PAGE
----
However, the last C-liners built by CLC for Canadian National Railways (CPA-16-5 #6700–6705 and CPB-16-5 #6800–6805) had General Electric equipment and lacked dynamic brakes.

Failure in the marketplace
Orders for the C-liners were initially received from the New York Central, followed by the Long Island Rail Road, the Pennsylvania Railroad, the Milwaukee Road and the New Haven. Orders to the Canadian Locomotive Company were also forthcoming in Canada from the Canadian Pacific and Canadian National railways. However, accounts of mechanical unreliability and poor technical support soon began to emerge. It quickly became apparent that the 2,400 hp Westinghouse generators were prone to failure, and the F-M prime movers initially suffered from relatively poor piston life and proved difficult to maintain. Moreover, railroads were quickly moving away from cab unit designs, and standardizing on road-switcher designs, as offered by the competition in the form of the EMD GP7 or the ALCO RS-3.

By 1952, orders had dried up in the United States, with a total production run of only 99 units. The units proved relatively more popular in Canada, particularly with the CPR, and orders continued there until 1955. Several variants were only ever produced by the Canadian Locomotive Company, and Canadian roads accepted a total of 66 units. However, Westinghouse had announced in 1953 that it was leaving the locomotive equipment market, in part because of the generator reliability issues in the F-M units. This development made continuing production of the C-liners impractical without a redesign, and since marketplace acceptance was already marginal, the decision was made to end production.

With the Train Master series, F-M continued production of their own road-switcher designs, but these also ultimately proved unsuccessful in the marketplace and Fairbanks-Morse departed the locomotive market.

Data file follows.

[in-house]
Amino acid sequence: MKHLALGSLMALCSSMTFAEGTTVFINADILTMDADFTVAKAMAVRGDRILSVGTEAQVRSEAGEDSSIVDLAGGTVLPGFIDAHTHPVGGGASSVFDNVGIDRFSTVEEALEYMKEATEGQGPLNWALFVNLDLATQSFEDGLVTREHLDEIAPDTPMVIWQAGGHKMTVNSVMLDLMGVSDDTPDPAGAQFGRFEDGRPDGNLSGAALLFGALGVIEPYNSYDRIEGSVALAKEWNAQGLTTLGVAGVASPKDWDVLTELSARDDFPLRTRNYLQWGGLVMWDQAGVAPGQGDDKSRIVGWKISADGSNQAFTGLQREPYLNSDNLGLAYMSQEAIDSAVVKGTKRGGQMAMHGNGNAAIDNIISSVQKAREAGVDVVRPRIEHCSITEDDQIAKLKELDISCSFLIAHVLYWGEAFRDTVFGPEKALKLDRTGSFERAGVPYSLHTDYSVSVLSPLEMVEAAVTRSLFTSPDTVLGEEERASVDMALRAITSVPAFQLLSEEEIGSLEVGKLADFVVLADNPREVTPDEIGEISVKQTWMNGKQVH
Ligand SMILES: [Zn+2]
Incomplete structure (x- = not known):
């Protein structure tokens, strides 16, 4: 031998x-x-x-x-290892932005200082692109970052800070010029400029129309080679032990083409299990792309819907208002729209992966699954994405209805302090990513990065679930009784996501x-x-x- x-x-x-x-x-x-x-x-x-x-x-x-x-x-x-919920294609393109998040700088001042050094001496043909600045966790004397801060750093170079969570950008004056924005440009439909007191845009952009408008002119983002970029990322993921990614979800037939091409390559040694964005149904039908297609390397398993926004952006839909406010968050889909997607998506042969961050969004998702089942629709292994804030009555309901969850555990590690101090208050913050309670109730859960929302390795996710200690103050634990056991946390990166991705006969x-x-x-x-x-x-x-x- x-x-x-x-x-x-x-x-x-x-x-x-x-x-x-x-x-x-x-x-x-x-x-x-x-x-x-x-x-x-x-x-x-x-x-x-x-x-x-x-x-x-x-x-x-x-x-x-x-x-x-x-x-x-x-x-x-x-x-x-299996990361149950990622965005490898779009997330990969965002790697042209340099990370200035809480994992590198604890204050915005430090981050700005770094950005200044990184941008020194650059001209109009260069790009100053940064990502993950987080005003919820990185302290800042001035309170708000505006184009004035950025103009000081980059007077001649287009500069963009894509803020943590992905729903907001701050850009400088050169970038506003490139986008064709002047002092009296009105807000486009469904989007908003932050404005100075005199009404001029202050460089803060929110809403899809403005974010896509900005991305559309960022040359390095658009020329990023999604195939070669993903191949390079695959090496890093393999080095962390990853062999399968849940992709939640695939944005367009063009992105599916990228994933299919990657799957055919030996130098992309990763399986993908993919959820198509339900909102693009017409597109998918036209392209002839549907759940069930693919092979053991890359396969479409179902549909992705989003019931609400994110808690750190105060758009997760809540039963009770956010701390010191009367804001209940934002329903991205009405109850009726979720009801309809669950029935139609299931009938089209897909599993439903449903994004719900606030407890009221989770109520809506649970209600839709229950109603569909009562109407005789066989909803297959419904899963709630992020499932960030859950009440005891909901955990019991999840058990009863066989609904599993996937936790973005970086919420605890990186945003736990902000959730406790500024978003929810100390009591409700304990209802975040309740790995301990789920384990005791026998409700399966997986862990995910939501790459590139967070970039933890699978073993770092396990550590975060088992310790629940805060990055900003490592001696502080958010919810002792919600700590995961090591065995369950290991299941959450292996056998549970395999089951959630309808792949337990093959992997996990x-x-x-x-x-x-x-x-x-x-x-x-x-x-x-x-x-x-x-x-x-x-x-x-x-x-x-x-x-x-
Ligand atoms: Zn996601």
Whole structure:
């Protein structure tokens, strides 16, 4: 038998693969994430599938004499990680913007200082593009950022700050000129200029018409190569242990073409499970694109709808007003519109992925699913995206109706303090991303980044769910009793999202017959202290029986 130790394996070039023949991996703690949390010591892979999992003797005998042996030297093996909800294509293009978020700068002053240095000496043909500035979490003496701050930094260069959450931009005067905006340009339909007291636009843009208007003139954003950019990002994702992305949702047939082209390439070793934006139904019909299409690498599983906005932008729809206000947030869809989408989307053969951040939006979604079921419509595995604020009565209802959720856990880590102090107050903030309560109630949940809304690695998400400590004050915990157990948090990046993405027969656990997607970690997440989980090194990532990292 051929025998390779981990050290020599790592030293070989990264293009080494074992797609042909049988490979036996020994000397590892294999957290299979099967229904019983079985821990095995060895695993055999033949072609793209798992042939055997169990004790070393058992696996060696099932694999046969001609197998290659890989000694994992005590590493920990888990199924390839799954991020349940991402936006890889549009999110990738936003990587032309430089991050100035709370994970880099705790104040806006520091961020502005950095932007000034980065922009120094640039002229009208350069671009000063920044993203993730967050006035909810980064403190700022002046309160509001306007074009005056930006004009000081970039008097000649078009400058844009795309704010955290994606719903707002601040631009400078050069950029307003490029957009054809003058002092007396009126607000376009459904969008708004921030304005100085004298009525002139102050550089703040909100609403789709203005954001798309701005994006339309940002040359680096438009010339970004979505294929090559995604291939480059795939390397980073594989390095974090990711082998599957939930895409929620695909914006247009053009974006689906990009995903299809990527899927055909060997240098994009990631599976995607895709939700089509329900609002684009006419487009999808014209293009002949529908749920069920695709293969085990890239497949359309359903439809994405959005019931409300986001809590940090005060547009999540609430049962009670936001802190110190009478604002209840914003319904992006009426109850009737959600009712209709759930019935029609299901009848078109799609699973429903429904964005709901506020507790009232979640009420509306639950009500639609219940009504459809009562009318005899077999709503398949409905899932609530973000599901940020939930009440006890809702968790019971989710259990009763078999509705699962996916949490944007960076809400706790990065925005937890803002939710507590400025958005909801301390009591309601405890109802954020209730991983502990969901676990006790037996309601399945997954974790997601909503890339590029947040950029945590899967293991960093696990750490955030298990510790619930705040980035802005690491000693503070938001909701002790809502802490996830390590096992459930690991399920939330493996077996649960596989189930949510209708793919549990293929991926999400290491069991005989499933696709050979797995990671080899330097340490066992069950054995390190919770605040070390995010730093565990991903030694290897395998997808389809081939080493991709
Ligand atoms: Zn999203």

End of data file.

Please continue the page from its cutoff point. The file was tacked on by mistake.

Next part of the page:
Units produced by Fairbanks-Morse (1950–1953)
Freight units

CFA-16-4 (cabs) and CFB-16-4 (cabless boosters)

Chicago, Milwaukee, St. Paul and Pacific Railroad (“Milwaukee Road”)

Quantity A units: 12
Quantity B units: 6
Road numbers A units: 23A,C–28A,C
Road numbers B units: 23B–28B

New York Central Railroad
Quantity A units: 8
Quantity B units: 4
Road numbers A units: 6600–6607
Road numbers B units: 6900–6903

Pennsylvania Railroad
Quantity A units: 16
Quantity B units: 8
Road numbers A units: 9448A–9455A, 9492A–9499A
Road numbers B units: 9448B–9454B, 9492B&9498B (all even nos. only)
Total A units: 36

Total B units: 18

CFA-20-4 (cabs) and CFB-20-4 (cabless boosters)
New York Central Railroad
Quantity A units: 12
Quantity B units: 3
Road numbers A units: 5006–5017
Road numbers B units: 5102–5104
Note: 5006, 5010, 5013, 5014 engines replaced with 1,500 hp EMD 567C engines in 1955, remainder engines replaced with 1,750 hp EMD 567C engines in 1956. All later scrapped.

Passenger units
CPA-20-5 (cabs)
Long Island Rail Road
Quantity: 8
Road numbers: 2001–2008

CPA-24-5 (cabs)
Fairbanks-Morse (demonstrator units)
Quantity: 2
Road numbers: 4801–4802
Note: to New York, New Haven and Hartford Railroad 790–791

Long Island Rail Road
Quantity: 4
Road numbers: 2401–2404

New York, New Haven and Hartford Railroad
Quantity: 8
Road numbers: 792–799

New York Central Railroad
Quantity: 8
Road numbers: 4500–4507
Total units: 22

Units produced by the Canadian Locomotive Company (1950–1954)
Freight units
CFA-16-4 (cabs) and CFB-16-4 (cabless boosters)

Canadian National Railways
Quantity A units: 23
Quantity B units: 3
Road numbers A units: 8700–8744 (even numbers only)
Road numbers B units: 8701–8705 (odd numbers only)

Canadian Pacific Railway
Quantity A units: 6
Quantity B units: 4
Road numbers A units: 4076–4081
Road numbers B units: 4455–4458
Total A units: 29

Total B units: 7

Passenger units
CPA-16-4 (cabs)

Fairbanks-Morse (demonstrator units)
Quantity A units: 2
Road numbers A units: 7005–7006
No B unit demonstrators manufactured.
Notes: to Canadian Pacific 4064–4065

Canadian Pacific Railway
Quantity A units: 8
Quantity B units: 8
Road numbers A units: 4052–4057, 4104–4105
Road numbers B units: 4449–4454, 4471–4472
Total A units: 10

Total B units: 8

CPA-16-5 (cabs) and CPB-16-5 (cabless boosters)
Canadian National Railways
Quantity A units: 6
Quantity B units: 6
Road numbers A units: 6700–6705
Road numbers B units: 6800–6805

Overview
Type and origin
Power type: Diesel-electric
Builder: Fairbanks Morse (USA), Canadian Locomotive Company (Canada)
Build date: March 1950 to February 1955
Total produced: 99 (USA), 66 (Canada)
Specifications
AAR wheel arrangement: B-B or B-A1A
Gauge: 4 ft 8 1⁄2 in standard gauge
Length: 56 ft 3 in
Engine type: Two-stroke opposed piston diesel
Cylinders: 8, 10, or 12
Cylinder size: 8.125 by 10 inches
Performance figures
Power output: 1,600 hp, 2,000 hp, or 2,400 hp

See also:

Fairbanks-Morse

F-M Diesel-Electric Locomotives

Diesel-Electric Locomotives

Locomotives